Queens Library

Queens Library is an independent, not-for-profit corporation and is not affiliated with any other library. With 62 locations, Queens Library serves a population of 2.3 million in one of the most ethnically diverse counties in the U.S. and has among the highest circulations of any public library system in the world. For more information about programs, services, locations, events and news, visit the Queens Library website at www.queenslibrary.org or phone 718-990-0700. Queens Library. Enrich Your Life.®
Recent Tweets @QueensLibrary
Posts I Like
Who I Follow
Posts tagged "queens"

Happy Brooklyn-Queens Day! The holiday, which began in 1829 to celebrate the founding of Sunday Schools in Brooklyn, used to be called Anniversary Day. This photo of children and adults marching in an Anniversary Day parade in Sunset Park was taken circa 1916.

If you missed yesterday’s #HipHopElements #31DaysofNonStopHipHop opening event, check out this awesome video from Kids Helping Kids: a hip hop experience

The Unisphere from the 1964 New York World’s Fair in Flushing Meadows-Corona Park. Today is the 50th Anniversary of the day it opened!

This is the #snowy scene at 89 ave & Merrick blvd. in #Jamaica #Queens #NYC. All locations are closing today at 5pm. Stay safe & warm!

Dr. Martin Luther King Jr. was born on January 15, 1929 in Atlanta, Georgia. Celebrate his contributions to civil rights and equality this Saturday at our annual tribute

(Photo by Victor Hugo King)

He was handsome. He was young. He was a war hero. He was the son of a massively powerful American family. He was, as many powerful men of his time, a philanderer. He was a symbol — first of a new generation’s idealism, and then its loss of innocence. On November 22, 1963 a national tragedy was realized when the 35th President of the United States of America was shot and killed in an open-air motorcade in downtown Dallas.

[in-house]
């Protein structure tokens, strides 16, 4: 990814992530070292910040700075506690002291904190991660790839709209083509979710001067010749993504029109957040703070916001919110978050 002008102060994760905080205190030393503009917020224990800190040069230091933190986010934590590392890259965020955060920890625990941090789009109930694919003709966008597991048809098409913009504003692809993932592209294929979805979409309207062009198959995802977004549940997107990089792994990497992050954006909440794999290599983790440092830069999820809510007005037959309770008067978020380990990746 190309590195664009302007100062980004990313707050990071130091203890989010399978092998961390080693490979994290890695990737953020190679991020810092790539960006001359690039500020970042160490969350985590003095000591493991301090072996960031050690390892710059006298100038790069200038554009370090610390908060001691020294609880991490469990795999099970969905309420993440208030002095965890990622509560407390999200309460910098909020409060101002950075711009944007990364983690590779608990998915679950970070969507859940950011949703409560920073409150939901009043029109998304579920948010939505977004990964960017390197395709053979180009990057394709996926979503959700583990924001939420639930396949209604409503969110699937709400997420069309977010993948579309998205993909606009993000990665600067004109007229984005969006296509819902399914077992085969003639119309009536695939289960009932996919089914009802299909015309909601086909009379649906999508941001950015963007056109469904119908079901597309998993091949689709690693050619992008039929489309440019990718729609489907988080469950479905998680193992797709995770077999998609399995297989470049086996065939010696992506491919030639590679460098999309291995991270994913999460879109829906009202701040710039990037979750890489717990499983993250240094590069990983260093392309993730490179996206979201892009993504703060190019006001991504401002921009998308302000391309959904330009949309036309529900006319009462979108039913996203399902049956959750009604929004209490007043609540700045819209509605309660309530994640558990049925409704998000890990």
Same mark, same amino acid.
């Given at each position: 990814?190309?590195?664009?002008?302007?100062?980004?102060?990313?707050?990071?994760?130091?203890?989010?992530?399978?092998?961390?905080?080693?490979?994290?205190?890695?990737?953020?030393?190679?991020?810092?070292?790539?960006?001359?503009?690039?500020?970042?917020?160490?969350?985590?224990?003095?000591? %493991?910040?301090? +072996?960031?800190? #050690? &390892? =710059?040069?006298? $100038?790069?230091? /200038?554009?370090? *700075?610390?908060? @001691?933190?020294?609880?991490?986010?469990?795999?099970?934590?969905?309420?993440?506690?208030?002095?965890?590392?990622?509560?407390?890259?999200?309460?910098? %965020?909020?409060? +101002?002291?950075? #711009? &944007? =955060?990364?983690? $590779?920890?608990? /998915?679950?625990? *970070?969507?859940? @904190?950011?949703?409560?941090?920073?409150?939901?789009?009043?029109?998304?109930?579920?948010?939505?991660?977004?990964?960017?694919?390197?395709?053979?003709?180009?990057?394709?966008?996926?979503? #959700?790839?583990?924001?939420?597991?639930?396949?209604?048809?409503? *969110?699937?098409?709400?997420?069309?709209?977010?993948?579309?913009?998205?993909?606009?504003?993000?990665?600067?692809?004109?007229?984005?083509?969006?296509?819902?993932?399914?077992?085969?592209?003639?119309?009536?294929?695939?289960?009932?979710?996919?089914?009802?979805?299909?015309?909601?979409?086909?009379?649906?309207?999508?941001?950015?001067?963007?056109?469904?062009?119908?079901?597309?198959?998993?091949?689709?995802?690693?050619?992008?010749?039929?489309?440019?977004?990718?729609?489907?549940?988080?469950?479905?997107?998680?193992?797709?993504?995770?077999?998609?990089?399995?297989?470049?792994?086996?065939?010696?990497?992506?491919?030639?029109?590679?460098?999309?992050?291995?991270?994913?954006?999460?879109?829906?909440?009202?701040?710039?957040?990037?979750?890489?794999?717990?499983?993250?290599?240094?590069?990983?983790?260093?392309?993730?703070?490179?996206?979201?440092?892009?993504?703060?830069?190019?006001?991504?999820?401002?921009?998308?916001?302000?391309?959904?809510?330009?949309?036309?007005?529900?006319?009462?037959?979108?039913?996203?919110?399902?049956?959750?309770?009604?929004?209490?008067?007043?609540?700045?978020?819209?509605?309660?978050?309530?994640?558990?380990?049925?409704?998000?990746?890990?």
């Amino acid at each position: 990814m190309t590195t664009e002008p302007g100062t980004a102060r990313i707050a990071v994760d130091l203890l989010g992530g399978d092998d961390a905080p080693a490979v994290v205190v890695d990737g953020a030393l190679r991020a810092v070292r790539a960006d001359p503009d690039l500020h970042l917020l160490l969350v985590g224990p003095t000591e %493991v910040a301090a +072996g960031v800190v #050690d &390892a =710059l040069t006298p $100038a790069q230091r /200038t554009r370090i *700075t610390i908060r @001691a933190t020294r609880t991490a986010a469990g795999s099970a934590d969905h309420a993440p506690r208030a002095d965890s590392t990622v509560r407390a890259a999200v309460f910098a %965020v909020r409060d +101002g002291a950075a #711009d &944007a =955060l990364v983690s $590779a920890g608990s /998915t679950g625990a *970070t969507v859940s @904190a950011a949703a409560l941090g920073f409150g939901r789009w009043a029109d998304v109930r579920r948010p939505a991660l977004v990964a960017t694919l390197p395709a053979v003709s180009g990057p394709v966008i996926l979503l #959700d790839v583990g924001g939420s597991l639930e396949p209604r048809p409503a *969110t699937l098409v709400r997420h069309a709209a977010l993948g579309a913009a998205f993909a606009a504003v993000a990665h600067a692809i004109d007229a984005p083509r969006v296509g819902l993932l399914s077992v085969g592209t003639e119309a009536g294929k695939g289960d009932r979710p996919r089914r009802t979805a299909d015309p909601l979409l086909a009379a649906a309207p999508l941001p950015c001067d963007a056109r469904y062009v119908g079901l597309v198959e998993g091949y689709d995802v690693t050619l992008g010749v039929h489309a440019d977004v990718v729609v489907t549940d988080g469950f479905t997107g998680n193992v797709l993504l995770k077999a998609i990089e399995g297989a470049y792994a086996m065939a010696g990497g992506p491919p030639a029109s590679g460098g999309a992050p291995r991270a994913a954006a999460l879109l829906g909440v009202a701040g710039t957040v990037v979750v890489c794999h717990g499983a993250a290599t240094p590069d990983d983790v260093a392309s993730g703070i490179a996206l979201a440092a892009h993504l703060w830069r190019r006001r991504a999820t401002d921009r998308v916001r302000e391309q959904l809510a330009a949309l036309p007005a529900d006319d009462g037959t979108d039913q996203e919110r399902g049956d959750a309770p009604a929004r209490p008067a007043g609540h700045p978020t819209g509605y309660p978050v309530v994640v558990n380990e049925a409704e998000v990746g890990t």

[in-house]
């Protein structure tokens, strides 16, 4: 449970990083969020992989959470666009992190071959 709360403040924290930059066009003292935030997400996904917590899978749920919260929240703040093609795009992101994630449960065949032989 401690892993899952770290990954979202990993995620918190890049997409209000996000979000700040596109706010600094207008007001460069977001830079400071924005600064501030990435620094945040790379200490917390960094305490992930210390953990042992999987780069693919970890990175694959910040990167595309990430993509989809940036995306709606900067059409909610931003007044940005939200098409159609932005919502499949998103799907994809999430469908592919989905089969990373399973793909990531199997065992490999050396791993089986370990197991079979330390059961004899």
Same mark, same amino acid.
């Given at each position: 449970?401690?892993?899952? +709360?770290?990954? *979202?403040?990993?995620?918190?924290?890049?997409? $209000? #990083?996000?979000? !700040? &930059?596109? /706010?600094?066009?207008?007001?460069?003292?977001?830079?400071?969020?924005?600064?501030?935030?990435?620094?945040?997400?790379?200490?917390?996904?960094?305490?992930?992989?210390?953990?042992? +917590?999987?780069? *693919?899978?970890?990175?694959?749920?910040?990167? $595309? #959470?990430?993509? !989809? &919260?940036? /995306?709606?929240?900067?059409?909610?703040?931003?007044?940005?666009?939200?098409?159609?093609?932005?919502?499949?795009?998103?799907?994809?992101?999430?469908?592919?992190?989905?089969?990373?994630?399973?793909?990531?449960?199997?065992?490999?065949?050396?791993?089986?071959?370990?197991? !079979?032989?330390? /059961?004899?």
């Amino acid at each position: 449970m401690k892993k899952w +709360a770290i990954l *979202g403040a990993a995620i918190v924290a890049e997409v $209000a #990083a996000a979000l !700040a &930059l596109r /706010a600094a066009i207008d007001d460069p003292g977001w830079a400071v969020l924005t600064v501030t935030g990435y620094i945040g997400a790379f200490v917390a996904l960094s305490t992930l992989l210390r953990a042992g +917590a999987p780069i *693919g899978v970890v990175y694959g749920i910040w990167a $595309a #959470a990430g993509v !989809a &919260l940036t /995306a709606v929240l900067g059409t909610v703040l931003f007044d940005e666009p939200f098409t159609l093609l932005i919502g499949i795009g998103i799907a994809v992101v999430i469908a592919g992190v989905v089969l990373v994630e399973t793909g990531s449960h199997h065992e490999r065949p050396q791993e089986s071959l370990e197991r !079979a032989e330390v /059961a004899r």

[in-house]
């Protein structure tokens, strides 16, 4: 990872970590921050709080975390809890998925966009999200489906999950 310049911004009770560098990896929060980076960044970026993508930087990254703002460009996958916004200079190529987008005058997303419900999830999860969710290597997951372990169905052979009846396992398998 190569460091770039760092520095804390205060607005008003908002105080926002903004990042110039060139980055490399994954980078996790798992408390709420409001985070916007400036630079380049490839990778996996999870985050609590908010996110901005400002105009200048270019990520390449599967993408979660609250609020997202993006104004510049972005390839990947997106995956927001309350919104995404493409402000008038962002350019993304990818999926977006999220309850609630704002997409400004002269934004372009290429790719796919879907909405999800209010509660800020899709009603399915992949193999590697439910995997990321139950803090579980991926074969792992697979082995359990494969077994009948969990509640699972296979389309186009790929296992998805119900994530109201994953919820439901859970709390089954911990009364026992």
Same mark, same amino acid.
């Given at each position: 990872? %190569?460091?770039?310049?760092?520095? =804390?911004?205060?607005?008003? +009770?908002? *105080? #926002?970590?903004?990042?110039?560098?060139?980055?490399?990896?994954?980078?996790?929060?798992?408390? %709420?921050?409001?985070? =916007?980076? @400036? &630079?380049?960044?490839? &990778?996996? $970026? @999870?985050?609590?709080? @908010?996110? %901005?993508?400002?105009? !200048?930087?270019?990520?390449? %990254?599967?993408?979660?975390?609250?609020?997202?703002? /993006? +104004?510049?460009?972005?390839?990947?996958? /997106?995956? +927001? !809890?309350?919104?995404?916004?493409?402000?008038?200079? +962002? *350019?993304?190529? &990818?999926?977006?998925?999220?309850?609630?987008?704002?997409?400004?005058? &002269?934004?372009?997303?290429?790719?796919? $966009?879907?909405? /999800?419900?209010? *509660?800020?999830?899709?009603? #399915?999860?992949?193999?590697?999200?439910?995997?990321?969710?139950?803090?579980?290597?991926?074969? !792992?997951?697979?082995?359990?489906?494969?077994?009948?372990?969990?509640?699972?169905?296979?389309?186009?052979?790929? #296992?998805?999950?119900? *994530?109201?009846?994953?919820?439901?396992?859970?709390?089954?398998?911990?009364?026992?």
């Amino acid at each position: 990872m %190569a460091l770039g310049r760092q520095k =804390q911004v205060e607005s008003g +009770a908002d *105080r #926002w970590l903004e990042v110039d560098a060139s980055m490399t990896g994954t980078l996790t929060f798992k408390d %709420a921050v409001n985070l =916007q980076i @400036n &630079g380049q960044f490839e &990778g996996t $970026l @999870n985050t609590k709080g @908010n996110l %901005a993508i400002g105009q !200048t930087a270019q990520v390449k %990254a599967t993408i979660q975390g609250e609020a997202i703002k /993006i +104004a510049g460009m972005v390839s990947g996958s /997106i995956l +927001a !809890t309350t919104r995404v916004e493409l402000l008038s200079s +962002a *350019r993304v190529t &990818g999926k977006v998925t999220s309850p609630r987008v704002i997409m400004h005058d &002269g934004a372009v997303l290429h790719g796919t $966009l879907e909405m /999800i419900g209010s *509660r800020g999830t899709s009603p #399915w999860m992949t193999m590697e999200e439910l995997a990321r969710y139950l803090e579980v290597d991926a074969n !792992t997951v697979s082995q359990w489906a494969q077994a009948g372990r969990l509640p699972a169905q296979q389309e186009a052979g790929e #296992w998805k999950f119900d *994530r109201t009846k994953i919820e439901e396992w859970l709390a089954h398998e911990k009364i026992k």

This action, whether perpetrated by a lone gunman or through one of the many conspiracies postulated in the 50 years since the event, changed the face of the world. Whatever one’s political beliefs, one cannot remain unchanged by the assassination of a sitting president, and any American who was alive and old enough to remember can tell you where they were when they heard the news.

On November 22, 2013 we acknowledge this event’s 50th anniversary and reexamine, as a nation, the life and death of John Fitzgerald Kennedy: son, husband, father and leader of the free world from his inauguration on January 20, 1961 to the day of his murder on November 22, 1963.

We have prepared a guide of materials and resources about the event below. Take a moment and tell us what this event meant to you or to your family members. With half a century of scrutiny and scholarship between us and the assassination, what do you think Kennedy’s death has to teach us? Which version of JFK is the most useful to us today?

Media coverage:

NBC will air “Where Were You?” a two-hour documentary with a book companion.

 

The Military Channel is airing “What If…? Armageddon 1962” on Nov. 24, which explores the thwarted plot to assassinate Kennedy by a political fanatic named Richard Pavlick in Palm Beach, Fla., in 1960.

 

Websites to explore:

http://www.dallasnews.com/news/jfk50/

http://50thhonoringjohnfkennedy.com/

http://www.jfk50.org/

http://www.jfklibrary.org/JFK/JFK-in-History/November-22-1963-Death-of-the-President.aspx

http://topics.nytimes.com/top/reference/timestopics/people/k/john_fitzgerald_kennedy/index.html

http://www.usatoday.com/story/news/2013/05/23/john-kennedy-assassination-obama-50th-anniversary/2352697/

http://www.thefutoncritic.com/news/2013/09/30/kevin-spacey-narrates-the-kennedy-died-premiering-sunday-november-17-on-smithsonian-channel-104412/20130930smithsonian01/

http://www.mediabistro.com/tvnewser/tom-brokaw-to-host-nbc-news-special-remembering-50th-anniversary-of-jfks-death_b200265